The first-ever Report on the health of refugees and migrants in the WHO European Region reveals that refugees and migrants are at higher risk of falling ill.
Launched in Geneva, Switzerland, on 21 January 2019, the first-ever Report on the health of refugees and migrants in the WHO European Region was released. The report revealed that refugees and migrants are at higher risk of falling ill while in transit or while living in receiving countries due to changes in living conditions and adapted lifestyle choices.
The health of refugees and migrants
Dr Zsuzsanna Jakab, WHO Regional Director for Europe said: “Today, political and social systems are struggling to rise to the challenge of responding to displacement and migration in a humane and positive way.
“This report is the first of its kind, and gives us a snapshot of the health of refugees and migrants in the WHO European Region, at a time when the migration phenomenon is expanding across the world.”
The report essentially summarises the latest available evidence on the health of refugees and migrants in the WHO European Region, from a review of more than 13 000 documents, and the progress countries have made to promote their health.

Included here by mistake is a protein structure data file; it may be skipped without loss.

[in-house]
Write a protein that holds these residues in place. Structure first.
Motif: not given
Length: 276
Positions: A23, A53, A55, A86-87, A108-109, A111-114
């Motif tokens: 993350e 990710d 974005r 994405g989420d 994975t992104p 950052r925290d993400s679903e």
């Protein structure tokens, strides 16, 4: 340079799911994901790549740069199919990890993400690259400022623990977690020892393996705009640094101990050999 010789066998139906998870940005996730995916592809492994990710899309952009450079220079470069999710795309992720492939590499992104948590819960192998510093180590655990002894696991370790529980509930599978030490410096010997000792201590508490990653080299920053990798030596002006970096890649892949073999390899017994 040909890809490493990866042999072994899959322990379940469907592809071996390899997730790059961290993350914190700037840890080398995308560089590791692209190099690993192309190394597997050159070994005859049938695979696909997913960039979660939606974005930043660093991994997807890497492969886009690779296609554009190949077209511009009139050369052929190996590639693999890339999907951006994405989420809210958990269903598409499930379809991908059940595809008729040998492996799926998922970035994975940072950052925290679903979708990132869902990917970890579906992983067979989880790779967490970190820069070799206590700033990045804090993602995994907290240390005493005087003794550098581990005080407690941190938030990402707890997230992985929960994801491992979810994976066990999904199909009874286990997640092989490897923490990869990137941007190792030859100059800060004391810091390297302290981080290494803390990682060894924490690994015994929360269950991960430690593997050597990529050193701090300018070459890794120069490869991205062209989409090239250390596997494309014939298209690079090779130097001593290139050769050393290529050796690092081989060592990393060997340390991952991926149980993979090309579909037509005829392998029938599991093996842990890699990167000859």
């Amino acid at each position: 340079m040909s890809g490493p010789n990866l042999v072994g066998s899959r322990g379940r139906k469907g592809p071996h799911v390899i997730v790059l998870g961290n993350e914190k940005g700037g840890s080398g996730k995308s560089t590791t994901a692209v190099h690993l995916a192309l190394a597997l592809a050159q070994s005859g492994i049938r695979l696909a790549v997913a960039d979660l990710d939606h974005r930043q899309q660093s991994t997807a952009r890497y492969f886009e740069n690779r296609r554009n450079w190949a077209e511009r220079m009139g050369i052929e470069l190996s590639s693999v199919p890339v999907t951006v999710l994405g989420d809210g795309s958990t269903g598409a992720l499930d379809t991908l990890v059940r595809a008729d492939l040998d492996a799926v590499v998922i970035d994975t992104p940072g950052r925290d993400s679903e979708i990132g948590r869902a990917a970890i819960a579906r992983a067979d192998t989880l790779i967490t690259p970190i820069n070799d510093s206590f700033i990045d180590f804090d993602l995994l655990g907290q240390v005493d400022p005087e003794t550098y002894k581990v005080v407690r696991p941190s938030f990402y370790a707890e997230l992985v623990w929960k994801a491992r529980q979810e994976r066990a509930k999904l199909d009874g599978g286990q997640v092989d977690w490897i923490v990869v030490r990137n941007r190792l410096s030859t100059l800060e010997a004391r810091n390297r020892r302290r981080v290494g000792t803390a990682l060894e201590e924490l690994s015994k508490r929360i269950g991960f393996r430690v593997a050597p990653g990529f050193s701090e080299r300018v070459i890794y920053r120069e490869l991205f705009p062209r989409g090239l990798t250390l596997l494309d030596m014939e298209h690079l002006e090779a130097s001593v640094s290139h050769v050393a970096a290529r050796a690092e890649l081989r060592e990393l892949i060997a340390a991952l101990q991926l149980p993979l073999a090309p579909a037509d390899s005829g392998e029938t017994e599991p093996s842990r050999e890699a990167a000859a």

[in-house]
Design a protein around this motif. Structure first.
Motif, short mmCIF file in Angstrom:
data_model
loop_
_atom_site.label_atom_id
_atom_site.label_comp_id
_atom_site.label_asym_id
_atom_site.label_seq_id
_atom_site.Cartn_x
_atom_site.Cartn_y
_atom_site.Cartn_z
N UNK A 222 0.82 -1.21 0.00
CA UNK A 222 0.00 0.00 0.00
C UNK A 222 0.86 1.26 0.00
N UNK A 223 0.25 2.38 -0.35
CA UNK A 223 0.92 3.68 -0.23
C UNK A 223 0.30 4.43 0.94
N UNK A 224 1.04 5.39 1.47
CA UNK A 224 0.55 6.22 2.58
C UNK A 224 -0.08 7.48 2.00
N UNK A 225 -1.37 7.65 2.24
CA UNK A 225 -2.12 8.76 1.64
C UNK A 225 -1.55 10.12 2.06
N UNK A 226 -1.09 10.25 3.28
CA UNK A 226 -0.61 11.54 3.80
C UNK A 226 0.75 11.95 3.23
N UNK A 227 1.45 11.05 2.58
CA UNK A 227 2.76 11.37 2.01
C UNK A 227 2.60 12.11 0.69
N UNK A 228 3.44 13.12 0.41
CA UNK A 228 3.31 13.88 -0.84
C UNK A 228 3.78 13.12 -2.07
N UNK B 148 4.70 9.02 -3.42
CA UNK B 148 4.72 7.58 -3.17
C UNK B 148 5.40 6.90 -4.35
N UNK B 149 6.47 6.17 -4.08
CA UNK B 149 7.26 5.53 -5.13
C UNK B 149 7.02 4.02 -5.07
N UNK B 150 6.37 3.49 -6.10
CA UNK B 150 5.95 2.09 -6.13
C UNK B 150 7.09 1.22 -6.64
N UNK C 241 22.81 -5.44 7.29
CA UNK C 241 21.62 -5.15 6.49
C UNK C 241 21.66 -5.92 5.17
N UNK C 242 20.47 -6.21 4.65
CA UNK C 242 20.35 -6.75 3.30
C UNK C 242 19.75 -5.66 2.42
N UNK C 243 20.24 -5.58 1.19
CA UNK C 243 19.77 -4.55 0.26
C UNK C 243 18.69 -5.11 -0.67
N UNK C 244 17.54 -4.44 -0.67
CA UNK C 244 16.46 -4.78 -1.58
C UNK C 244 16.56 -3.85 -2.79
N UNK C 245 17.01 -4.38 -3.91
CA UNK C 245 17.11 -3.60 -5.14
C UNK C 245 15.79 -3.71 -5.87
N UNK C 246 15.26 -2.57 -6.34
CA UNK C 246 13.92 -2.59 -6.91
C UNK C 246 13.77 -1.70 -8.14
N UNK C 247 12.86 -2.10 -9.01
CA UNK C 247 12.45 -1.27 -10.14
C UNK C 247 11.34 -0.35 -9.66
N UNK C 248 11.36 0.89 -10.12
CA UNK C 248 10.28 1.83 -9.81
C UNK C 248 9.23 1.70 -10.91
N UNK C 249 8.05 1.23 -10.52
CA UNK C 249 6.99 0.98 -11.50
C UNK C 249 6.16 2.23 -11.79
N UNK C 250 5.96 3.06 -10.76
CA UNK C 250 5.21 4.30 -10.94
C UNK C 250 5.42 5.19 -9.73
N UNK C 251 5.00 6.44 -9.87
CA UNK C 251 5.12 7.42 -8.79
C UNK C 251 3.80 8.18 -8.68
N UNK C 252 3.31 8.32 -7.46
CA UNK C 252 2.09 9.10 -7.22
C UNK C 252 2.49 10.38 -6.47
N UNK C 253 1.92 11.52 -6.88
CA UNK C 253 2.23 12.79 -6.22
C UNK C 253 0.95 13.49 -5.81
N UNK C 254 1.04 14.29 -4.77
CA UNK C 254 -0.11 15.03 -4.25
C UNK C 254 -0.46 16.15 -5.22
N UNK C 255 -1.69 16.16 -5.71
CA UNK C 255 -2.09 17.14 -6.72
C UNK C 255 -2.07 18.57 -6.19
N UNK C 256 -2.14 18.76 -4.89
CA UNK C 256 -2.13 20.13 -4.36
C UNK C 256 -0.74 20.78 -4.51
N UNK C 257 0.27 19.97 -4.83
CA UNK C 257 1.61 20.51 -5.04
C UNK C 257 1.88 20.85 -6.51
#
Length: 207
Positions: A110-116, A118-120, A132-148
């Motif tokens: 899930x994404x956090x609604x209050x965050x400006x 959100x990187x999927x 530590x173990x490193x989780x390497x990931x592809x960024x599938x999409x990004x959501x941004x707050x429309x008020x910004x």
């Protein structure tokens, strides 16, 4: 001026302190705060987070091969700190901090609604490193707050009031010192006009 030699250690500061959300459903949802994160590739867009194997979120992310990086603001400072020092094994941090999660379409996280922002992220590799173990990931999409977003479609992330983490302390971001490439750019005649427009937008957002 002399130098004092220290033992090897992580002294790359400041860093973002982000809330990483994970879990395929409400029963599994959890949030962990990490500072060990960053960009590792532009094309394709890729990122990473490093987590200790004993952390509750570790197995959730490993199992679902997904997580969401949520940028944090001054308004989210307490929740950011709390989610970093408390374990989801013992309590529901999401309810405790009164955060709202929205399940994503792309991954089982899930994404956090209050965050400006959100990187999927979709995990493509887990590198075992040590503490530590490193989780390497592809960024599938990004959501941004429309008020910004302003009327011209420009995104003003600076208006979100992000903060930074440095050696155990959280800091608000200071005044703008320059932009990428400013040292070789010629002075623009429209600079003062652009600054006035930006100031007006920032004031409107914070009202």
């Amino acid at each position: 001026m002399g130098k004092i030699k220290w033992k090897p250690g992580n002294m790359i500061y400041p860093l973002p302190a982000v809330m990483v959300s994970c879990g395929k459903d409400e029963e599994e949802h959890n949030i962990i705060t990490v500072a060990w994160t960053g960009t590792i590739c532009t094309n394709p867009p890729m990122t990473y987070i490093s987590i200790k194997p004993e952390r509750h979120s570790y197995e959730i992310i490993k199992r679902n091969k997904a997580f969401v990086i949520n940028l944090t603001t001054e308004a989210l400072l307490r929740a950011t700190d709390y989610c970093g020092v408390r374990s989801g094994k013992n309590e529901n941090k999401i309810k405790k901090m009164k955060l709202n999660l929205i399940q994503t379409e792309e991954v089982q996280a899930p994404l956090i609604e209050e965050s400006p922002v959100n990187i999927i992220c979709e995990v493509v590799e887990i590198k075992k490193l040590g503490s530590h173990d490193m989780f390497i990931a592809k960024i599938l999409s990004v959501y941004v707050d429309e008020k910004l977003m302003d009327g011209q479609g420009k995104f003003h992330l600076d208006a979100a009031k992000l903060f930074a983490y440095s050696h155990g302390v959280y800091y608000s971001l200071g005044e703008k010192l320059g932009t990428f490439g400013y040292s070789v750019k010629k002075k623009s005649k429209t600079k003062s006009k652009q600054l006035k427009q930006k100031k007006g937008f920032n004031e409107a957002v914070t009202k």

The report also challenges some preconceived notions that are widely held by host communities about the health of migrant and refugee populations and provides receiving countries with strong evidence to target their interventions.
Falling ill and the preconceived conceptions
The report highlighted how international migrants make up only 10% (90.7 million) of the total population in the WHO European Region. Less than 7.4% of these are refugees.
In some European countries, citizens estimate that there are 3 or 4 times more migrants than there really are.
Moreover, such individuals are at lower risk for all forms of cancer, except cervical cancer. However, cancer in refugees and migrants is more likely to be diagnosed at an advanced stage, which can lead to considerably worse health outcomes than those of the host population.
The report reaffirms that refugees and migrants are entitled to the same human right to health as everyone else in the Region, while acknowledging that in the current febrile atmosphere across the continent, political and social systems may struggle to rise to the challenges of displacement and migration in a humane and positive way.